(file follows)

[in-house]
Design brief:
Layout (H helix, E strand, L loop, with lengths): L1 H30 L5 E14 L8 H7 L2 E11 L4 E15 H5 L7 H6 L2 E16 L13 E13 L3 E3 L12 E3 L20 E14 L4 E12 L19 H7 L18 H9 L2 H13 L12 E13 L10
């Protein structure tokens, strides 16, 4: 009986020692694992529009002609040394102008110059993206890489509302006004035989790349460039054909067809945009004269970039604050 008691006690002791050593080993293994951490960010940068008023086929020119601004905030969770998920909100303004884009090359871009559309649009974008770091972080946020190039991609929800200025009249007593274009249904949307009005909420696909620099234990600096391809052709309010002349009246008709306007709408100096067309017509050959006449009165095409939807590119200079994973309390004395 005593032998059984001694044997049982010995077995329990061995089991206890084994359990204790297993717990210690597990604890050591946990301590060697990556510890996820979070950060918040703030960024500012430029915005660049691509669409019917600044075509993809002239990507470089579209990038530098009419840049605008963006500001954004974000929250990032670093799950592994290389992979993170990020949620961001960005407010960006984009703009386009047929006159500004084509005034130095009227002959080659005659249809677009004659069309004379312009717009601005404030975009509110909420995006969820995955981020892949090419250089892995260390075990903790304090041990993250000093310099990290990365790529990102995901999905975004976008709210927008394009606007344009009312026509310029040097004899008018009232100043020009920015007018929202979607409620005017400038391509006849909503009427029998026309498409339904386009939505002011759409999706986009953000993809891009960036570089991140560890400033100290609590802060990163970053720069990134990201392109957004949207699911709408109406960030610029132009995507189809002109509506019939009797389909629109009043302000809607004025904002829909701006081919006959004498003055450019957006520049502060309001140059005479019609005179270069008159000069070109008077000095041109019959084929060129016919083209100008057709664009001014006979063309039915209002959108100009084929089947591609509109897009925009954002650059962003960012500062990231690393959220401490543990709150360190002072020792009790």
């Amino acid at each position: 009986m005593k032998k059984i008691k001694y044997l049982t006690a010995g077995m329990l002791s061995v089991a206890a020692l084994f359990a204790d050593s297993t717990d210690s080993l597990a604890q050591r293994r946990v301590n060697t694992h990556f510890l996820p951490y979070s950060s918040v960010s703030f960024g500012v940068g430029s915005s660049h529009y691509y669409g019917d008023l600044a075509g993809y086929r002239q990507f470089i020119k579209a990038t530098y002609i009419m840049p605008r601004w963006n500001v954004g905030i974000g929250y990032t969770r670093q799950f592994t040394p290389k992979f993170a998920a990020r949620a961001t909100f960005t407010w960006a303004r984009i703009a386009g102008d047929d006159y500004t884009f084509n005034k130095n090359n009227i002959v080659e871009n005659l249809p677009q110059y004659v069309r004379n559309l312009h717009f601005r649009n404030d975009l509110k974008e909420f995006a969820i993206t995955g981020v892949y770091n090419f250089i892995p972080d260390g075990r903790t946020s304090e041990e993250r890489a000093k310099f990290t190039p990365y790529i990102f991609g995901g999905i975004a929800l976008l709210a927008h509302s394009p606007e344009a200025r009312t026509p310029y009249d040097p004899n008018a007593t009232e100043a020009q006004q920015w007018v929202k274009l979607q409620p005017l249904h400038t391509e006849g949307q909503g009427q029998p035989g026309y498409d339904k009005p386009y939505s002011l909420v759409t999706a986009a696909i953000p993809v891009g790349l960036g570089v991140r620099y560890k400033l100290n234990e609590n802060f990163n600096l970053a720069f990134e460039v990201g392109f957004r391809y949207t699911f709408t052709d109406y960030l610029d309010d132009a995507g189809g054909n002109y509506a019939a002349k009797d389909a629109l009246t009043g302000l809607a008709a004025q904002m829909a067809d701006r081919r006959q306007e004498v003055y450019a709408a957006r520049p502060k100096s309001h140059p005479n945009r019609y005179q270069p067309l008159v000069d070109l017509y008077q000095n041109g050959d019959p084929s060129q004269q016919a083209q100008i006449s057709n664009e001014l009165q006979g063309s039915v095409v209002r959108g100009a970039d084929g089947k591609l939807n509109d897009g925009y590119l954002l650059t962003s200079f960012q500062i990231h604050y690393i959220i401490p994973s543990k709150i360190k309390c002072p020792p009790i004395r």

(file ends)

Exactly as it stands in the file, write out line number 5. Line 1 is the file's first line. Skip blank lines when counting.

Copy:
């Amino acid at each position: 009986m005593k032998k059984i008691k001694y044997l049982t006690a010995g077995m329990l002791s061995v089991a206890a020692l084994f359990a204790d050593s297993t717990d210690s080993l597990a604890q050591r293994r946990v301590n060697t694992h990556f510890l996820p951490y979070s950060s918040v960010s703030f960024g500012v940068g430029s915005s660049h529009y691509y669409g019917d008023l600044a075509g993809y086929r002239q990507f470089i020119k579209a990038t530098y002609i009419m840049p605008r601004w963006n500001v954004g905030i974000g929250y990032t969770r670093q799950f592994t040394p290389k992979f993170a998920a990020r949620a961001t909100f960005t407010w960006a303004r984009i703009a386009g102008d047929d006159y500004t884009f084509n005034k130095n090359n009227i002959v080659e871009n005659l249809p677009q110059y004659v069309r004379n559309l312009h717009f601005r649009n404030d975009l509110k974008e909420f995006a969820i993206t995955g981020v892949y770091n090419f250089i892995p972080d260390g075990r903790t946020s304090e041990e993250r890489a000093k310099f990290t190039p990365y790529i990102f991609g995901g999905i975004a929800l976008l709210a927008h509302s394009p606007e344009a200025r009312t026509p310029y009249d040097p004899n008018a007593t009232e100043a020009q006004q920015w007018v929202k274009l979607q409620p005017l249904h400038t391509e006849g949307q909503g009427q029998p035989g026309y498409d339904k009005p386009y939505s002011l909420v759409t999706a986009a696909i953000p993809v891009g790349l960036g570089v991140r620099y560890k400033l100290n234990e609590n802060f990163n600096l970053a720069f990134e460039v990201g392109f957004r391809y949207t699911f709408t052709d109406y960030l610029d309010d132009a995507g189809g054909n002109y509506a019939a002349k009797d389909a629109l009246t009043g302000l809607a008709a004025q904002m829909a067809d701006r081919r006959q306007e004498v003055y450019a709408a957006r520049p502060k100096s309001h140059p005479n945009r019609y005179q270069p067309l008159v000069d070109l017509y008077q000095n041109g050959d019959p084929s060129q004269q016919a083209q100008i006449s057709n664009e001014l009165q006979g063309s039915v095409v209002r959108g100009a970039d084929g089947k591609l939807n509109d897009g925009y590119l954002l650059t962003s200079f960012q500062i990231h604050y690393i959220i401490p994973s543990k709150i360190k309390c002072p020792p009790i004395r």